Time: Thu Oct 02 15:16:00 1997
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Date: Thu, 02 Oct 1997 14:59:26 -0700
To: Dan S <dan@southeast.net>
From: Paul Andrew Mitchell [address in tool bar]
Subject: SLS: Russian Mafias Pose Growing Threat to U.S.
Content-Transfer-Encoding: 8bit

Gorbachev now OWNS the Presidio, at the
south end of the Golden Gate Bridge --
some of THE MOST EXPENSIVE real estate
in the entire world.  There, on his high
perch, he is supervising the dismantling
of the American military, and overseeing
the transition of American military bases
into foreign control, most likely Red Chinese.

It is difficult to see how the Russian Mafia
could get any stronger in Russia;  they are,
evidently, now intent on branching out --
into other "markets."  Wanna bet that Gorby
has pockets with silver linings?  We already
know that he has a silver tongue, and also
a silver spoon in his mouth (at all times).

San Frantasia anybody?

/s/ Paul Mitchell

At 05:22 PM 10/2/97 -0400, you wrote:
>FBI Chief: Russian Mafias Pose Growing Threat to U.S.
>Freeh Cites Possibility of Nuclear Banditry
>By Douglas Farah
>Washington Post Foreign Service
>Thursday, October 2, 1997; Page A18
>The Washington Post
>FBI Director Louis J. Freeh warned yesterday that Russian organized
>crime networks pose a menace to U.S. national security and asserted that
>there is now greater danger of a nuclear attack by some outlaw group
>than there was by the Soviet Union during the Cold War.
>Testifying before the House Committee on International Relations, Freeh
>said that about 30 Russian crime syndicates operate in the United
>States, trafficking in drugs, prostitution, fraud schemes and other
>illicit activities. While Freeh and others have warned previously of the
>power of such crime networks in Russia, this was one of the first public
>acknowledgments that the groups have taken root in the United States.
>"The size of this problem is really immense," and it requires immediate
>attention, Freeh said. "We have identified organized crime organizations
>not just from Russia and Eastern Europe, but from Asia, from Africa,
>from many other parts of the world, which are beginning to operate very
>effectively and very dangerously in the United States."
>Freeh said also that U.S. law enforcement agencies take "very seriously"
>the possibility that nuclear weapons could fall into the hands of
>Russian criminal gangs and added, "We have to take drastic steps to
>prevent and detect that."
>Asked if he believes the United States is under a greater threat "from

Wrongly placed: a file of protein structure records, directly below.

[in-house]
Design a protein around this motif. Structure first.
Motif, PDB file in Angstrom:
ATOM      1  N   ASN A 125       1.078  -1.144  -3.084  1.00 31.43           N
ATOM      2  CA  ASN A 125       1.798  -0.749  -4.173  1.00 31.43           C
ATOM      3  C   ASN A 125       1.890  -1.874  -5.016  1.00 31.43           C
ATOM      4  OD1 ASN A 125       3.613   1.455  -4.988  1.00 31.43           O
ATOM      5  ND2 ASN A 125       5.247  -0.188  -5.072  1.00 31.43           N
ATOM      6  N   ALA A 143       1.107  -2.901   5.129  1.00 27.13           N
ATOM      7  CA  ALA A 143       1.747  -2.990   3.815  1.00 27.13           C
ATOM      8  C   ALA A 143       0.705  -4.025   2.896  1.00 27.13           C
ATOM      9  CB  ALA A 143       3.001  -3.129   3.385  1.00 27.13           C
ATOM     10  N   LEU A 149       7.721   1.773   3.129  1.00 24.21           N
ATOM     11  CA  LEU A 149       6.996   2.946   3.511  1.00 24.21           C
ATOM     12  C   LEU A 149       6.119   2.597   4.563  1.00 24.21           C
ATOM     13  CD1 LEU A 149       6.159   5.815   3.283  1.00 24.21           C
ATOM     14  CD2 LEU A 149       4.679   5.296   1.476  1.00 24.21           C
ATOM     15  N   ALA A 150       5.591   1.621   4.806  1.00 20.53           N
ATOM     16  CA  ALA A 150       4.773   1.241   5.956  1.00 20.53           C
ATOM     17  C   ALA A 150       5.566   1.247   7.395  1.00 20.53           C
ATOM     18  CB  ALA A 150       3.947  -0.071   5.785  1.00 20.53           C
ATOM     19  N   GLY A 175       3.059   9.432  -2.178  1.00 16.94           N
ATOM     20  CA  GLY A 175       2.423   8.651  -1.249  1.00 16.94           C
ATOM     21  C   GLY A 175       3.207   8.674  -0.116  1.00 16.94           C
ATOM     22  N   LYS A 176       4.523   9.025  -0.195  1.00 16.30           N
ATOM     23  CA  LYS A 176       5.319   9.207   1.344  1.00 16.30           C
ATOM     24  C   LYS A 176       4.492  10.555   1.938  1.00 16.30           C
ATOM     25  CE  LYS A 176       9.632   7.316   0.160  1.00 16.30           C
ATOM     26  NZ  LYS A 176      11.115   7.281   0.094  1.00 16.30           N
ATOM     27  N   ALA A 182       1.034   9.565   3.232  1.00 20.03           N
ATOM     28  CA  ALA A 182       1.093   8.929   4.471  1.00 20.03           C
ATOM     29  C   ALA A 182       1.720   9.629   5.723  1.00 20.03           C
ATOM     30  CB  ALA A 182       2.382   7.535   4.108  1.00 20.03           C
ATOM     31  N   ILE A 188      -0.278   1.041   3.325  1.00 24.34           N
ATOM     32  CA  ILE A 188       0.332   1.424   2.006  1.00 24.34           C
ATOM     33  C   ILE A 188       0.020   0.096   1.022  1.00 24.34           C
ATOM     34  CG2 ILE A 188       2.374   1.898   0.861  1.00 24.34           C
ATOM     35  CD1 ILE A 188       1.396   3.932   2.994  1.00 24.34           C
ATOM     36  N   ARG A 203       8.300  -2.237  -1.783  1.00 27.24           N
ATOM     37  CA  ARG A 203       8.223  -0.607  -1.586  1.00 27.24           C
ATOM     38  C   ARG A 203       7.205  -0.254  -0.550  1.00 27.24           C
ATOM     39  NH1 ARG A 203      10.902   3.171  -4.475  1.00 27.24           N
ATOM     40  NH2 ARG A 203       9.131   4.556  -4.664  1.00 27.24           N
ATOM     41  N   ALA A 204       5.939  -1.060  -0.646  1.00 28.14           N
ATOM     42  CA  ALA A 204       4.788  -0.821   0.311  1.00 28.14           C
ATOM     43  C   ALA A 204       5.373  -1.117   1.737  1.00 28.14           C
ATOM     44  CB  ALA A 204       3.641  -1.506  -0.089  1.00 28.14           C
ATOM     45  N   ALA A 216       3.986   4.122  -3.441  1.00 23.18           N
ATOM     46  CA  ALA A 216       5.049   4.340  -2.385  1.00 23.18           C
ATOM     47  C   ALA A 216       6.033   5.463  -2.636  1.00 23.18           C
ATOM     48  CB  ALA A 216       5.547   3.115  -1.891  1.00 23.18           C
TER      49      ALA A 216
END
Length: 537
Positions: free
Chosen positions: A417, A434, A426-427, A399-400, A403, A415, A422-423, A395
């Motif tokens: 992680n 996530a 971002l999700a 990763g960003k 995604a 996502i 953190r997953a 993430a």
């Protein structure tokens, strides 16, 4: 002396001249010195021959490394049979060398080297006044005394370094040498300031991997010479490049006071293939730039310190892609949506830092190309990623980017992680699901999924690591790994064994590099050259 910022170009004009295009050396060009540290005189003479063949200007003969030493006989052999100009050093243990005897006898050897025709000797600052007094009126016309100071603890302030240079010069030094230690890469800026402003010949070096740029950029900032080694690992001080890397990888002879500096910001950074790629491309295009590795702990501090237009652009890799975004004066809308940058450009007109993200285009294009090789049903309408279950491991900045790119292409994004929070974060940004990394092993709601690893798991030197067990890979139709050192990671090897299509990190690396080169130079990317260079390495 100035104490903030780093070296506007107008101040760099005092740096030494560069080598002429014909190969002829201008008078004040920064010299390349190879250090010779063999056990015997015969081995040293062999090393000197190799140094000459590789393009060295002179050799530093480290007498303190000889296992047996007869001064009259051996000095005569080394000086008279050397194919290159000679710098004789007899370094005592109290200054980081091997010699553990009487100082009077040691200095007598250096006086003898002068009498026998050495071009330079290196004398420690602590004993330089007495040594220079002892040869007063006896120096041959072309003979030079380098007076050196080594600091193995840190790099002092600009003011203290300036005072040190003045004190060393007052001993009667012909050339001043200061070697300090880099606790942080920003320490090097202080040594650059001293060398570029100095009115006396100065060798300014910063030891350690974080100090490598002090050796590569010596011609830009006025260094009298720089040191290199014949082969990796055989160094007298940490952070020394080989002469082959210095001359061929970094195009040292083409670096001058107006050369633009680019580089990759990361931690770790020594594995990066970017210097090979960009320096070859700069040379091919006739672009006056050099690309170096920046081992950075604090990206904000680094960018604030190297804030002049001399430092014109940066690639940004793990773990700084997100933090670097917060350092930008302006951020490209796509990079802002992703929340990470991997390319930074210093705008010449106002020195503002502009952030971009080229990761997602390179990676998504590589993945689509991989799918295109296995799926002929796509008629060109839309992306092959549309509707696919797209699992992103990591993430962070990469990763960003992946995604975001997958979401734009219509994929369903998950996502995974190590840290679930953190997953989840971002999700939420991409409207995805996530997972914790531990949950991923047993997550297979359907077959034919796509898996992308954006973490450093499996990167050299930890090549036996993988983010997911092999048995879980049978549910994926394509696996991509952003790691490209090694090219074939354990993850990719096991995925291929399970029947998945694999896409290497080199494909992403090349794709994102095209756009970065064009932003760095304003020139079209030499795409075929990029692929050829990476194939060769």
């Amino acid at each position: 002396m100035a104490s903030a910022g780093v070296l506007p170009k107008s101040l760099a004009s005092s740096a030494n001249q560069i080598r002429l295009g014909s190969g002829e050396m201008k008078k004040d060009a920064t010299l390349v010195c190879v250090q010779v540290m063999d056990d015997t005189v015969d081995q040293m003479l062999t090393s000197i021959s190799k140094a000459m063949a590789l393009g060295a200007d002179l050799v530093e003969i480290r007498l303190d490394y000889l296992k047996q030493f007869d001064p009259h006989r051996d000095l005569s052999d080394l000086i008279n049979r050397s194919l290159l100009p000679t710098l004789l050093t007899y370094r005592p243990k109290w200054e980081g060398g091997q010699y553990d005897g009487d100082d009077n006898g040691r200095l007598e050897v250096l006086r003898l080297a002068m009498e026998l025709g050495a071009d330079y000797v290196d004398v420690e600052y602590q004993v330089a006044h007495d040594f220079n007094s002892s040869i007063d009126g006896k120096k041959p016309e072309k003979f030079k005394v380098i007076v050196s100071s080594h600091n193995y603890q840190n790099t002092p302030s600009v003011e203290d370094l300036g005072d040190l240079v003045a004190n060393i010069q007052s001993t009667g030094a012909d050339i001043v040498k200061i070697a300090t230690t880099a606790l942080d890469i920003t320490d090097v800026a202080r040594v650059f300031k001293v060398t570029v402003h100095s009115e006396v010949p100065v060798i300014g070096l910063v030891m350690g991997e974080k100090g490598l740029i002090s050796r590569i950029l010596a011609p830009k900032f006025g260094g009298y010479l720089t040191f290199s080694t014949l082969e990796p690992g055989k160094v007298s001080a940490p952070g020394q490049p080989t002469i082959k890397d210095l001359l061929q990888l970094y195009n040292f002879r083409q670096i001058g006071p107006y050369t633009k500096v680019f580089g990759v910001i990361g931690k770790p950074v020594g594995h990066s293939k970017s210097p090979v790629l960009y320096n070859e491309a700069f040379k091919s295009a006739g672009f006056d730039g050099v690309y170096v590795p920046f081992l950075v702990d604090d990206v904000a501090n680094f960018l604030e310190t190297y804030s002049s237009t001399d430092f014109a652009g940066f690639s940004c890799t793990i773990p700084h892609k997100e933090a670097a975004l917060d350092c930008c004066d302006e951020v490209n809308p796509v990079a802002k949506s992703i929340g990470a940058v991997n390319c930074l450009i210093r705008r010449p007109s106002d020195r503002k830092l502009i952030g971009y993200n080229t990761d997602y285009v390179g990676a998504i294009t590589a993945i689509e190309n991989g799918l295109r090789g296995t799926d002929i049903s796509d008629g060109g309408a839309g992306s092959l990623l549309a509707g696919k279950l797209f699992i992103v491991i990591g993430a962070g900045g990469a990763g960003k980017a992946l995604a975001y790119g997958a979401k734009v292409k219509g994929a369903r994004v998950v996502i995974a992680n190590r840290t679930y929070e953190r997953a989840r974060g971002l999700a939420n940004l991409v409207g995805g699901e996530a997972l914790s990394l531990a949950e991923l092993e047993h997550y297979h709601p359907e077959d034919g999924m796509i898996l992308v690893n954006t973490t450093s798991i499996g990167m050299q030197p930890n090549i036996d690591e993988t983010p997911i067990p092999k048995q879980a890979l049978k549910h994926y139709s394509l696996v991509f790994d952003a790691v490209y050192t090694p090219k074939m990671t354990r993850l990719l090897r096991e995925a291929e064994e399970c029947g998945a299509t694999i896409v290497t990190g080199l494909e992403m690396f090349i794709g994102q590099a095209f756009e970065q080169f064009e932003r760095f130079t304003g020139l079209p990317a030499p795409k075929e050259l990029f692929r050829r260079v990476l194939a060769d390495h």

>nuclear detonation now than at the height of the Cold War," Freeh
>answered: "If you describe that detonation as a criminal or terrorist or
>rogue operation, I think the answer would be yes. The controls that were
>in place for many of these weapons and structures [during the Cold War]
>don't apply to a terrorist, or organized criminal, or an opportunist who
>could get access to them."
>Freeh said the Russian syndicates conduct the most sophisticated
>criminal operations ever seen in the United States, based on their
>access to expertise in computer
>technology, encryption techniques and money-laundering facilities that
>process hundreds of millions of dollars.
>Part of that expertise, Freeh said, is provided by "former KGB officers
>working directly with some of those organized crime groups, and that
>poses an additional level of threat and sophistication."
>At the same hearing, a senior Italian police official outlined growing
>ties between the traditional Sicilian Mafia and Russian organized crime
>groups whose influence is spreading throughout Europe. Giovanni de
>Gennaro, Italy's deputy director for public security, said the Russian
>groups, acting in concert with the Mafia, are buying massive amounts of
>real estate in Italy and pouring millions of dollars into Italian banks.
>The testimony came on the heels of a report on the international threat
>posed by Russian organized crime issued by Washington's Center for
>Strategic and International Studies.
>The study warned that, if left unchecked, crime networks will turn
>Russia into a "criminal-syndicalist state" -- a nation controlled by a
>troika of gangsters, corrupt government officials and crooked
>businessmen who accumulate vast amounts of wealth "by promoting and
>exploiting corruption and the vulnerabilities inherent in a society in
>The two-year study found that Russia's wealth has been "plundered since
>the Soviet Union imploded, and tens of billions of dollars have been
>moved to safe havens in offshore banking centers."
>"Russian organized crime constitutes a direct threat to the national
>security interests of the United States by fostering instability in a
>nuclear power," the report said. "Russian
>organized crime groups hold the uniquely dangerous opportunity to
>procure and traffic in nuclear materials."
> Copyright 1997 The Washington Post Company
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Paul Andrew Mitchell, Sui Juris      : Counselor at Law, federal witness 01
B.A.: Political Science, UCLA;   M.S.: Public Administration, U.C.Irvine 02
tel:     (520) 320-1514: machine; fax: (520) 320-1256: 24-hour/day-night 03
email:   [address in tool bar]       : using Eudora Pro 3.0.3 on 586 CPU 04
website: http://supremelaw.com       : visit the Supreme Law Library now 05
ship to: c/o 2509 N. Campbell, #1776 : this is free speech,  at its best 06
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_____________________________________: Law is authority in written words 09
As agents of the Most High, we came here to establish justice.  We shall 10
not leave, until our mission is accomplished and justice reigns eternal. 11
======================================================================== 12
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